The Spiritual Ego

The Spiritual Ego

spiritual ego

Spirituality can be recruited as a substitute for trauma work. When this happens we develop a spiritual ego, little more than another defence against suffering what is ours to suffer.

It’s a little harder to spot because it can present as calm, equanimous, wise, unflappable, smart, compassionate, etc. On the other hand, when we run into a spiritual ego, we often feel like we want to take a shower after the encounter. Spiritual teachers who have not done their own trauma work are a source of great suffering for their followers, because they are unconsciously getting their unmet needs to be seen and affirmed met. The landscape of spiritual teacher is littered with sexually abusive men.

In my last post I wrote about core unconscious beliefs (CUBs) that get formed in response to trauma (early failures of love). These beliefs, along with the experiences which gave birth to them, are so unbearable that we compensate by constructing a false or adapted self in order to survive. This becomes our signature self – what feels like “me”. It’s my go-to self. When spirituality comes on-line, these unconscious beliefs and their compensations are attracted to spiritual teachings like metal filings to a magnet.

CUB (Core Unconscious Belief)         The False Piety of the Spiritual Ego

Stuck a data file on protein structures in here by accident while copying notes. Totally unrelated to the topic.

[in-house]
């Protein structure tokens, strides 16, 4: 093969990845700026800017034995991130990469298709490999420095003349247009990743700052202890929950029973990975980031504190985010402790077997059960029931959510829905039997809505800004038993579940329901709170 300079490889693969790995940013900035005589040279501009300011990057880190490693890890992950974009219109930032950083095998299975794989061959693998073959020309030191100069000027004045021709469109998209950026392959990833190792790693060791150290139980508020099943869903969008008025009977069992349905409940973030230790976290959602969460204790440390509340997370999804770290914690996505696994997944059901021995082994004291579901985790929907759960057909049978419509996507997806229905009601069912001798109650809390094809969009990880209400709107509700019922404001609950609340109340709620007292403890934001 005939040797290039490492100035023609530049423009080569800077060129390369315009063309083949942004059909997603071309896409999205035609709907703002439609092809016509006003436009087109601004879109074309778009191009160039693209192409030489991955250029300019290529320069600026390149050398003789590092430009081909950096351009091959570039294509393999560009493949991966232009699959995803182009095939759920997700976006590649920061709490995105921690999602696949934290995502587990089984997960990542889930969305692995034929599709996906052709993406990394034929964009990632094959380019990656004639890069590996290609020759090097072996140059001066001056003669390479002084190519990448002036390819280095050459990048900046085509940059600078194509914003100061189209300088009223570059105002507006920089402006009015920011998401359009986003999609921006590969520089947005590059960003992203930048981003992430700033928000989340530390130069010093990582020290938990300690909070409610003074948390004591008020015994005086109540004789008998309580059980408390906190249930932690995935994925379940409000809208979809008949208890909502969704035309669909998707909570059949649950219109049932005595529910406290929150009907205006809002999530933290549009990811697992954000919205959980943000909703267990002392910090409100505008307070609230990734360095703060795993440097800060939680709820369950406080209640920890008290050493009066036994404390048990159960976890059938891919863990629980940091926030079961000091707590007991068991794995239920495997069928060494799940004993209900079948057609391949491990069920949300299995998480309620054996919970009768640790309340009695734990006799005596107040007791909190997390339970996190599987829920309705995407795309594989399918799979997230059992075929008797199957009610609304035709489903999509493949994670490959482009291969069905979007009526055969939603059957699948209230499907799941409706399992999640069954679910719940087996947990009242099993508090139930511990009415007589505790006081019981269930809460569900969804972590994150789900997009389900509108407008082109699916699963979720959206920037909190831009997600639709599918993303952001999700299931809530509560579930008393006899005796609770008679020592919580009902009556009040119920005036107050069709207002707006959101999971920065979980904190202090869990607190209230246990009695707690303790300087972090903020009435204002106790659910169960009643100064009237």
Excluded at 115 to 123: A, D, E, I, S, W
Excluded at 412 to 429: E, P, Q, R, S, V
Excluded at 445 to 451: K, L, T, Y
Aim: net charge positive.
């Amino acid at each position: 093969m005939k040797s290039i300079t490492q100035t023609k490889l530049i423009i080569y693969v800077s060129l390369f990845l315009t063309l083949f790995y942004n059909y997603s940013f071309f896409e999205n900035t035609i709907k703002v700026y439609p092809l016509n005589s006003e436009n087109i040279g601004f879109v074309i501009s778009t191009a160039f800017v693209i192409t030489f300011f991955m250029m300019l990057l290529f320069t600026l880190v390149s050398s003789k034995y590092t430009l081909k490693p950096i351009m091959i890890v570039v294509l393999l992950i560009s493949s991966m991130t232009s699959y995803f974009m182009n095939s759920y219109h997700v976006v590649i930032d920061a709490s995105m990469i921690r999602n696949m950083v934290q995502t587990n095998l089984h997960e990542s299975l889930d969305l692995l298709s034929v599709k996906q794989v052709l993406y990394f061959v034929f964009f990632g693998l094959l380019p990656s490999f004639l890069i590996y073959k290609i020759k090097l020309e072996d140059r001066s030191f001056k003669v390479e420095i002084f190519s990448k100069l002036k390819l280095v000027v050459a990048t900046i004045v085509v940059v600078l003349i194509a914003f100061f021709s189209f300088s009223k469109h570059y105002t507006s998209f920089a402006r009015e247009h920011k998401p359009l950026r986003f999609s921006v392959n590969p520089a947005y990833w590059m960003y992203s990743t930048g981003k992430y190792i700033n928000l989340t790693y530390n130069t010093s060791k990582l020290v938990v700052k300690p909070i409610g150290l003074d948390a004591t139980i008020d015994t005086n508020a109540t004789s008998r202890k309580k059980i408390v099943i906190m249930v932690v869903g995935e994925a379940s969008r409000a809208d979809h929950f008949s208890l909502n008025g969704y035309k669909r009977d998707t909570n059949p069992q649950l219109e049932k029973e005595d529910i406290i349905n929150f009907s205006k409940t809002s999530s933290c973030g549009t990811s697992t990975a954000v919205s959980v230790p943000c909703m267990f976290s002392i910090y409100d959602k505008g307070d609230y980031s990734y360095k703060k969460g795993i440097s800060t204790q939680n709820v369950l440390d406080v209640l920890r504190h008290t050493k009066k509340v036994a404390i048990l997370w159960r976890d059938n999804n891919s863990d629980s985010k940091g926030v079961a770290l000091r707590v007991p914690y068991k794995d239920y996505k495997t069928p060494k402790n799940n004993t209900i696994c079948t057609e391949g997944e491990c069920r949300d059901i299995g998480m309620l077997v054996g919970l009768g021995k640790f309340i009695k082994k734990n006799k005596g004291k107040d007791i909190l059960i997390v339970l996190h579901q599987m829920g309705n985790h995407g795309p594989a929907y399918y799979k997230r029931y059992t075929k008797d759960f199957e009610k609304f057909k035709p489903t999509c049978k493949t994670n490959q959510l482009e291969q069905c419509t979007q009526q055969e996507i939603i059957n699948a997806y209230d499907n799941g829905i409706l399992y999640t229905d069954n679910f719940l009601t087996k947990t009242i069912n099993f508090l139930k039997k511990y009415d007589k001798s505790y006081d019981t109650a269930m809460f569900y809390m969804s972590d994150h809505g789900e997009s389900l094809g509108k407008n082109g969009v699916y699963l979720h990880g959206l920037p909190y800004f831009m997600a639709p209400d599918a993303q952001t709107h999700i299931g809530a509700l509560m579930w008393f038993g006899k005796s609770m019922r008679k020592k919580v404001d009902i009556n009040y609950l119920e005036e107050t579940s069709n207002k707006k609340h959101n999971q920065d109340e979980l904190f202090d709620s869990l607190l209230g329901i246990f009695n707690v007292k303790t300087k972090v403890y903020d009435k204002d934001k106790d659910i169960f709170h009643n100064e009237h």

I am bad.                                                                         I am a worthless sinner.

I am too much.                                                            I am a humble servant of God.

I am inadequate.                                                       I am an empty vessel – one with God.

I am helpless                                                                I am surrendered

It’s all my fault.                                                             I am a martyr.

Somebody will rescue me.                                 The angels bear me up.

I’m unlovable.                                                               God loves me unconditionally.

Life is meaningless.                                                 All I need is the Bible/Koran/Rig Veda.

I will be killed if I don’t behave.                       God punishes sinners. Rewards saints.

I don’t belong.                                                            You belong to our family. Just believe.

The world (mother) is manipulative.         The Prince of Darkness is not to be trusted

You can see from the chart that the spiritual ego turns God/Source into everything that our parents were not: The heavenly parent provides where our earthly one failed; S/he loves unconditionally where love was conditional in our childhood; S/he rescues us/saves us in our need where our own parents failed, etc.

(I’m not saying that Source doesn’t love unconditionally, etc., but if this belief functions as a way of doing an end-run around feeling the grief of not being loved, it will merely bolster the false self.)

The practices of the faith may confirm our core belief, for example, that I am bad, but offer a solution: yes, you are a sinner, but God forgives if you confess your sin. Yes, I am the cause of misery, but if I go to confession regularly I am able to live with this belief. It’s true that I don’t belong, but here is a new family whereby believing what they believe and acting in a certain way, I can find belonging. In this formation of the spiritual ego, the core belief not only goes unchallenged. It is actually exploited in a way that affirms the need for God and the religion. If the underlying trauma signature were revealed as untrue, the need for this kind of religion and associated belief systems would collapse.